Antiviral therapy. 2014; 19 Suppl 3:1.Add to my documents.
Simplification of antiretroviral therapy: a necessary step in the public health response to HIV/AIDS in resource-limited settings.
Antiviral therapy. 2014; 19 Suppl 3:31-7.The global scale-up of antiretroviral therapy (ART) over the past decade represents one of the great public health and human rights achievements of recent times. Moving from an individualized treatment approach to a simplified and standardized public health approach has been critical to ART scale-up, simplifying both prescribing practices and supply chain management. In terms of the latter, the risk of stock-outs can be reduced and simplified prescribing practices support task shifting of care to nursing and other non-physician clinicians; this strategy is critical to increase access to ART care in settings where physicians are limited in number. In order to support such simplification, successive World Health Organization guidelines for ART in resource-limited settings have aimed to reduce the number of recommended options for first-line ART in such settings. Future drug and regimen choices for resource-limited settings will likely be guided by the same principles that have led to the recommendation of a single preferred regimen and will favour drugs that have the following characteristics: minimal risk of failure, efficacy and tolerability, robustness and forgiveness, no overlapping resistance in treatment sequencing, convenience, affordability, and compatibility with anti-TB and anti-hepatitis treatments.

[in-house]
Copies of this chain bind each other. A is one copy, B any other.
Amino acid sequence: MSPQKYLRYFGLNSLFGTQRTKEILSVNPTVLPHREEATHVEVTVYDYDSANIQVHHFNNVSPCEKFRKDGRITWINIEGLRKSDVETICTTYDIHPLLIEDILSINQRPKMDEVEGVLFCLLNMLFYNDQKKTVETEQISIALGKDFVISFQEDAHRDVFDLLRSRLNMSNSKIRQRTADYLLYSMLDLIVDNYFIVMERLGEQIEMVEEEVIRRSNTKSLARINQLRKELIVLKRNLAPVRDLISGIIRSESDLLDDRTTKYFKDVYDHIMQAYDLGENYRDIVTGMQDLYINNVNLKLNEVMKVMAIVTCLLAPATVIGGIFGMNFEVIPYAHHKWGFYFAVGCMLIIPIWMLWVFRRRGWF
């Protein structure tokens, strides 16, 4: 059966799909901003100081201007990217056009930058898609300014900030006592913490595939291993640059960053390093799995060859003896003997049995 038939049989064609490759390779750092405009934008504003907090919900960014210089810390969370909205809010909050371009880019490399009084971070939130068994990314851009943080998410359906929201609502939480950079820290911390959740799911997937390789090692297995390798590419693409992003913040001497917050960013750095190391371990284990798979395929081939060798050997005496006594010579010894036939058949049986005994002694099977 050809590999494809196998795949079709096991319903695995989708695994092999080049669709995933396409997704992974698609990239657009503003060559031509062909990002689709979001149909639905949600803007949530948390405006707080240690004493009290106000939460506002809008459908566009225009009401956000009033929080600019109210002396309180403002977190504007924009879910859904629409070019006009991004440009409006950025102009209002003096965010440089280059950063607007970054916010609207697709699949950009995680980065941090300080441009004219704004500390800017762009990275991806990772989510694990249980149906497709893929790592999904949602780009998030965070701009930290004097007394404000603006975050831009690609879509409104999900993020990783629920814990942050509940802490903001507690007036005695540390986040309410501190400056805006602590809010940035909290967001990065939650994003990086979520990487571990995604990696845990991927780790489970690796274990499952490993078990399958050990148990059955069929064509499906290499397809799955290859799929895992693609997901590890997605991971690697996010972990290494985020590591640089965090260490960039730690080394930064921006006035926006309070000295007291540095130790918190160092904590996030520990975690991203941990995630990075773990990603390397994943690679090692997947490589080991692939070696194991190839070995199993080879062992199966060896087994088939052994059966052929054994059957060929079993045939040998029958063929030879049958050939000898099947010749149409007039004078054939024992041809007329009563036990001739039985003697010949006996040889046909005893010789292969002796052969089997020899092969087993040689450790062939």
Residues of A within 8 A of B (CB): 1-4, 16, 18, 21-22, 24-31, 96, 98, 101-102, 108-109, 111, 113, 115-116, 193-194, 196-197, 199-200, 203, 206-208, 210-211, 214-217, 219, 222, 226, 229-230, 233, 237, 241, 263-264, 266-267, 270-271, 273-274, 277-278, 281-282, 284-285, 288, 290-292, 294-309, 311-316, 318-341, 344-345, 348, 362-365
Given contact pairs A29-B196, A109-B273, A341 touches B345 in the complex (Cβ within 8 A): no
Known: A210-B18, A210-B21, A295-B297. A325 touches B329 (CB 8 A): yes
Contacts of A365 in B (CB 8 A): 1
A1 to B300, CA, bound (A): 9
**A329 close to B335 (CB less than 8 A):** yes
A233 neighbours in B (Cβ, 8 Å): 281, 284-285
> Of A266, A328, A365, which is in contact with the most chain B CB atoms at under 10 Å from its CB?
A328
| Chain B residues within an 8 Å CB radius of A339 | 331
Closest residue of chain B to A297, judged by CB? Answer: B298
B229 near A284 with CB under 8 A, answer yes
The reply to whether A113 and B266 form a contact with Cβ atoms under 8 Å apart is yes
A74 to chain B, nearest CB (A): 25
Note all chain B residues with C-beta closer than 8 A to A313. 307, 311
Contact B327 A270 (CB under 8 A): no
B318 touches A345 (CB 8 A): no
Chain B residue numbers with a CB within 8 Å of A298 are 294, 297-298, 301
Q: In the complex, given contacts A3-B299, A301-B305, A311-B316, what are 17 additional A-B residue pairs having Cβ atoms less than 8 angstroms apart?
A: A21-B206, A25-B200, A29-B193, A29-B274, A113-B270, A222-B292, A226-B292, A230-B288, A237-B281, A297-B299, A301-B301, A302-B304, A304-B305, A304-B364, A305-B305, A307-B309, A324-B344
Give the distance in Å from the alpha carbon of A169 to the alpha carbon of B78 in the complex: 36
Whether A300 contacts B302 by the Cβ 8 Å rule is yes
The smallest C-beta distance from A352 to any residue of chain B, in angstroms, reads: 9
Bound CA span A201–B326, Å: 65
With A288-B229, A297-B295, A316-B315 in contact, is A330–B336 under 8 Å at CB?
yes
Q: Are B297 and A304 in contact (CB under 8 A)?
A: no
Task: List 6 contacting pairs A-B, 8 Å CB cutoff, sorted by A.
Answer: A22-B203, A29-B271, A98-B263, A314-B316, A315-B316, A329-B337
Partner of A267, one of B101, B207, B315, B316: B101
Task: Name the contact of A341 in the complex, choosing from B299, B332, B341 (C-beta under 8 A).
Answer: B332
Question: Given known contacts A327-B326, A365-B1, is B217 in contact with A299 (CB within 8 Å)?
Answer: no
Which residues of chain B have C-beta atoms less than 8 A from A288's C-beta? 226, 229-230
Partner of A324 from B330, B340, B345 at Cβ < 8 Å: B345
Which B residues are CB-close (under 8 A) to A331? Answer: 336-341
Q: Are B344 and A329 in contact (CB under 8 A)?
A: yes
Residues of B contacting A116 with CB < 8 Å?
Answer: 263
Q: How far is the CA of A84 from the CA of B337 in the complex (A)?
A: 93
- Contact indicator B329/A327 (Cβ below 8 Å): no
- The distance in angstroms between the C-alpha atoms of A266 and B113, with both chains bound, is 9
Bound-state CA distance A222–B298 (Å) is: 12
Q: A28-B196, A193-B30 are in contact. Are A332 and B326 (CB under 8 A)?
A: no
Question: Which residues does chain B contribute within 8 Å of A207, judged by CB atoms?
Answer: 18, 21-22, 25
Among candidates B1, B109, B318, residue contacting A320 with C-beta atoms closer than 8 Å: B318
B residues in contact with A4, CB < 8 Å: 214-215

Geneva, Switzerland, UNAIDS, 2014.  p. (Reference)It is essential that all people, including people living with HIV, are able to access health services and ongoing treatment. If people living with HIV who are on ART stop abruptly because they cannot access new supplies they could rapidly become unwell, drug resistance may build and the chances of onward transmission of the virus would increase. UNAIDS is working to mitigate the impact the EVD outbreak is having on access to treatment and care for people living with HIV and on new patient enrolment. In order to provide continuity of treatment to people on ART, community networks, supported by UNAIDS have been working with the National AIDS Councils to establish additional service delivery points. People on ART have been collecting their medicines from the offices of the National AIDS Councils and wherever possible, patients have been given supplies for longer periods than usual. UNAIDS is fully supporting United Nations Mission for Ebola Emergency Response (UNMEER) and the five pillar framework. UNAIDS country offices in each of the three countries, as well as the Regional Support Team in Dakar, are contributing to the Ebola operations centres, the national Ebola task forces or committees, the presidential Ebola task forces and other coordination mechanisms. (Excerpts)